As I've been studying the glorious book of Ruth, I keep having my mind return to the account of the Canaanite woman in Matthew 15:21-28. This first occurred when I read Ruth 2:10, where Ruth reveals her humble awareness of her outsider status: "Then she fell on her face, bowing to the ground, and said to him, 'Why have I found favor in your eyes, that you should take notice of me, since I am a foreigner?'" She knew that she had no right to Boaz's kindness, that she was not a rightful member of the covenant community. She could very well have described herself as a dog, like the account in Matthew: "And he answered, 'It is not right to take the children’s bread and throw it to the dogs.' She said, "Yes, Lord, yet even the dogs eat the crumbs that fall from their masters’ table'" (Matt. 15:26-27). Ruth knew her lowly estate, but she also knew the kindness of Boaz.
As a side note, I listened to a sermon by John Piper on Ruth 2 after I made this connection to Matthew 15 in my mind, and he made the same connection. It is always very affirming to hear or read a respected Bible teacher have the same thought that I had independently. Makes me feel that I'm not grasping at straws, interpretationally. That's cool. But I digress.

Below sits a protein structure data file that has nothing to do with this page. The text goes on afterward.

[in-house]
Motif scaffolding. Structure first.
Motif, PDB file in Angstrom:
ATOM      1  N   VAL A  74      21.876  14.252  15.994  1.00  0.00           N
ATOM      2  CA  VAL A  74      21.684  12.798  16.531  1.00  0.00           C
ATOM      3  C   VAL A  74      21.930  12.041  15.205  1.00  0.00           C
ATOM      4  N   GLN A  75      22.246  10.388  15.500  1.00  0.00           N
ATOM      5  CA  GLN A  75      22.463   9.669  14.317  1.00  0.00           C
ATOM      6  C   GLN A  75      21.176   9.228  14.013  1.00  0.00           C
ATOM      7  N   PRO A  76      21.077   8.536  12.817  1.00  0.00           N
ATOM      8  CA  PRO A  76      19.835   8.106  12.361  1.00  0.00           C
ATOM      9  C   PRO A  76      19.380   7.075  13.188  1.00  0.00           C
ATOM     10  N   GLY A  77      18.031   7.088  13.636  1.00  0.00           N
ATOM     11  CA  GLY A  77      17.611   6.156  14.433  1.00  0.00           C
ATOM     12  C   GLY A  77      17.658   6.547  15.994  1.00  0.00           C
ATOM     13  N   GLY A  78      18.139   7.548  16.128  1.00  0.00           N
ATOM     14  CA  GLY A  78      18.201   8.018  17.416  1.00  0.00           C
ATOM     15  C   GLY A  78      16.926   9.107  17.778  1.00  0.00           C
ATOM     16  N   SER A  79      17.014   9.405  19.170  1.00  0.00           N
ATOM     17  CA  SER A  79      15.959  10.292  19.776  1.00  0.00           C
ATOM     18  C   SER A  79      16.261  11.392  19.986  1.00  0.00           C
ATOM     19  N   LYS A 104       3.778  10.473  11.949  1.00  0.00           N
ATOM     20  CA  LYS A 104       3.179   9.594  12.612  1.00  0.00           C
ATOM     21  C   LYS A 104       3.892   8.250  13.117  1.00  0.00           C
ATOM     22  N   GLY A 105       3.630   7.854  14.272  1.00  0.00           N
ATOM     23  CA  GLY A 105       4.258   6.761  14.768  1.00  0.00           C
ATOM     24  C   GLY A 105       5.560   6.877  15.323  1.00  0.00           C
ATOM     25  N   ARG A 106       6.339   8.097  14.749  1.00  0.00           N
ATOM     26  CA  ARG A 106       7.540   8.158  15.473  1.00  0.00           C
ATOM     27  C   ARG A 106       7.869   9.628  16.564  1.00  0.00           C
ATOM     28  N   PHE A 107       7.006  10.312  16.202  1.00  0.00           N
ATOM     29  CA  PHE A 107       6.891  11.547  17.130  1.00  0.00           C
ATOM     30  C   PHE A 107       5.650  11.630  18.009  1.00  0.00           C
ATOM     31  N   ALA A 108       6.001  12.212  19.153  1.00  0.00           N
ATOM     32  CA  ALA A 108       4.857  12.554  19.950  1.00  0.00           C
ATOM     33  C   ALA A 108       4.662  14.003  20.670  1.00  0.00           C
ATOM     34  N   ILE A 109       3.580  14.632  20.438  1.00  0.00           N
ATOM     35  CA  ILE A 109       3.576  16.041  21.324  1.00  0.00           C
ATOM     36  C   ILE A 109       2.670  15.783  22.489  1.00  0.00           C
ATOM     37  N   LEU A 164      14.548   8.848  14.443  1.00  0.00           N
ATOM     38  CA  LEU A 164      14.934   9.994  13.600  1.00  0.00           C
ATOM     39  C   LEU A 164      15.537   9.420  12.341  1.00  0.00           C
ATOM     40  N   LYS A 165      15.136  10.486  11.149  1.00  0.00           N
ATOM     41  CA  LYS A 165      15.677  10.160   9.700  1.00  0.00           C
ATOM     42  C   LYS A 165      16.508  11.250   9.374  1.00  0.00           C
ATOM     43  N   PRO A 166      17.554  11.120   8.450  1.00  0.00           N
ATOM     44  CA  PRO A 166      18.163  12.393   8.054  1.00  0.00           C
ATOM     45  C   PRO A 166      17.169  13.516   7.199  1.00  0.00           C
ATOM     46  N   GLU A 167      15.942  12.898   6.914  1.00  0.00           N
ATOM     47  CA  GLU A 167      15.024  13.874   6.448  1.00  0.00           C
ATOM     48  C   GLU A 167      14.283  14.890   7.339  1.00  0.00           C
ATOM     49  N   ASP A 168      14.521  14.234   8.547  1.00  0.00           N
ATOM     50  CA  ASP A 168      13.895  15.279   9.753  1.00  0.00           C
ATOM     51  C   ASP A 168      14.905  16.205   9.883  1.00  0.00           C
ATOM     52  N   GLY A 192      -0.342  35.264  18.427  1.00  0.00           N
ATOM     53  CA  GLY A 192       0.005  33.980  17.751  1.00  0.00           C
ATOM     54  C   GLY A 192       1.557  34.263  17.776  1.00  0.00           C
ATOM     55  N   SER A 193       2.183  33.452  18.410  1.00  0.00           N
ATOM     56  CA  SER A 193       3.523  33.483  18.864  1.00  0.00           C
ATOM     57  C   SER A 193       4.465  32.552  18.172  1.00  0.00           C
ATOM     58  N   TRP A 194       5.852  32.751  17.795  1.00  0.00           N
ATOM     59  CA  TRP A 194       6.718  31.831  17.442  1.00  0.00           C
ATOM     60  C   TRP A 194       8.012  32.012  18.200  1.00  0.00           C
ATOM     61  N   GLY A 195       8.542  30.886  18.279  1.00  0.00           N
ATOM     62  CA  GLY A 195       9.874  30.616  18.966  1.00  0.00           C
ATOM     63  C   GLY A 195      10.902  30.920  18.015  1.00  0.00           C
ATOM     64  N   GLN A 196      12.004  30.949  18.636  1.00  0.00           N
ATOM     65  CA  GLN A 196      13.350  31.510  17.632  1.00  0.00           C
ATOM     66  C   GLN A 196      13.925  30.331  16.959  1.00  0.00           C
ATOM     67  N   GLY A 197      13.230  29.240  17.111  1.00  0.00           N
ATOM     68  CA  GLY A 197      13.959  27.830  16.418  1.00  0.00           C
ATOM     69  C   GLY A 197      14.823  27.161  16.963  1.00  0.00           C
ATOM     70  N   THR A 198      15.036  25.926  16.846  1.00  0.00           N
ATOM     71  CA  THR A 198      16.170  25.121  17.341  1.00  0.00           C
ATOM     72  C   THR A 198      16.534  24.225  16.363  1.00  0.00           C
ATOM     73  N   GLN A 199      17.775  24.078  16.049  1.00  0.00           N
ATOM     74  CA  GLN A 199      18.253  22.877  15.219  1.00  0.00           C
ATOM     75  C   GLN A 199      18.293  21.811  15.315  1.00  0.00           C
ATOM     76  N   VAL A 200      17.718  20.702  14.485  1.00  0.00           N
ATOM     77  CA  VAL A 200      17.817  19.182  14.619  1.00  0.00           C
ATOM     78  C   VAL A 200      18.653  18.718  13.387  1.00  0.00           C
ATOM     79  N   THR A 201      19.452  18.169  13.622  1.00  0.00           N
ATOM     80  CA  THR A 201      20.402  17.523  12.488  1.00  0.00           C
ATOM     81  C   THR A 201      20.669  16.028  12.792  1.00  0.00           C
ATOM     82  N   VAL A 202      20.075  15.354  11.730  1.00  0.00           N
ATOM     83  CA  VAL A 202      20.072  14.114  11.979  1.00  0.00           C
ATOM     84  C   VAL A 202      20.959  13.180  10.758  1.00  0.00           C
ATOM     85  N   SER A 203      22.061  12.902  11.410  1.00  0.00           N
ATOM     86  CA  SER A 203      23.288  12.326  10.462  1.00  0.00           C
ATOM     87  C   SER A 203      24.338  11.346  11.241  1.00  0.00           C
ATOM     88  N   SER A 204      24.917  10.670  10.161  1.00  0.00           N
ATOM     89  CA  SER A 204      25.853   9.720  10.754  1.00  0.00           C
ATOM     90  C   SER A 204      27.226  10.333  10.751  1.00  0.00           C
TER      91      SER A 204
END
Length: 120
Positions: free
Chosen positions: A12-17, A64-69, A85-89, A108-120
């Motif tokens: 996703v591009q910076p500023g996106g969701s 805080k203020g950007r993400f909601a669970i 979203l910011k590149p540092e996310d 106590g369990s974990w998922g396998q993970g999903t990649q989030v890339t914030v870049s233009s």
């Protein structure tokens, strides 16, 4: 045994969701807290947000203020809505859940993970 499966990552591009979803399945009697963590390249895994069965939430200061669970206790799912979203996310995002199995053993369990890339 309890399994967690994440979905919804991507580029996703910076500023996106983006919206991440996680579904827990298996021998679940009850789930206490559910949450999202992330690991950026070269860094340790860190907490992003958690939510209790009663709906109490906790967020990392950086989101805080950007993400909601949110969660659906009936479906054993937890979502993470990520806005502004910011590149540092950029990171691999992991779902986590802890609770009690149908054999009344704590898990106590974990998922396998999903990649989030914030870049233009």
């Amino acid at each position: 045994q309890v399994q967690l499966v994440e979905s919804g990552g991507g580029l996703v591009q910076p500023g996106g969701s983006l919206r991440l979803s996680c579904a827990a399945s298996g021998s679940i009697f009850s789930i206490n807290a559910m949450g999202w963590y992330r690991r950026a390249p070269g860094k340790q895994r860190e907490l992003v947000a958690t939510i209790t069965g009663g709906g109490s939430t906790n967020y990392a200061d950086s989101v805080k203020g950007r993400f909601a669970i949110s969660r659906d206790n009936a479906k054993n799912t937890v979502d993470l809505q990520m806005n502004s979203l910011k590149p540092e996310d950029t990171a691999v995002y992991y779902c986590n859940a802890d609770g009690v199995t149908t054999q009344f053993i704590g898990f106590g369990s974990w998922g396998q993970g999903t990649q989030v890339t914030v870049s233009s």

Anyway, now I've been in Ruth chapter 3, and again my mind was brought back to the Matthew 15 woman. This time it is in Ruth 3:12-13, where Boaz reveals that there is a nearer kinsman who has "first dibs" on Ruth. Now of course this comparison is not so identical, because with Ruth she has two possible Redeemers while in Matthew there is only one Redeemer with two groups of people needing redemption. But I still see similarity. The Canaanite woman knew that she had no claim on Jesus, especially not more claim than the Jews did, yet she was willing to wait and take what she could from Him. Likewise, Ruth has no direct claim on Boaz, but she is willing to wait and take what he will provide. And he is a faithful provider, promising that she will be taken care of either way. Whether he marries her, or the other kinsman marries her, he makes sure that she will be provided for. Just so, Jesus provided for the outsider with no claim on Him (Matt. 15:28).
Oh what a blessed message this is for miserable sinners such as us, who have no claim at all upon God's grace, but are nevertheless promised His grace. May we love Him and seek Him so as to be under that promise, never presuming that we deserve it, but always sure that He will give it.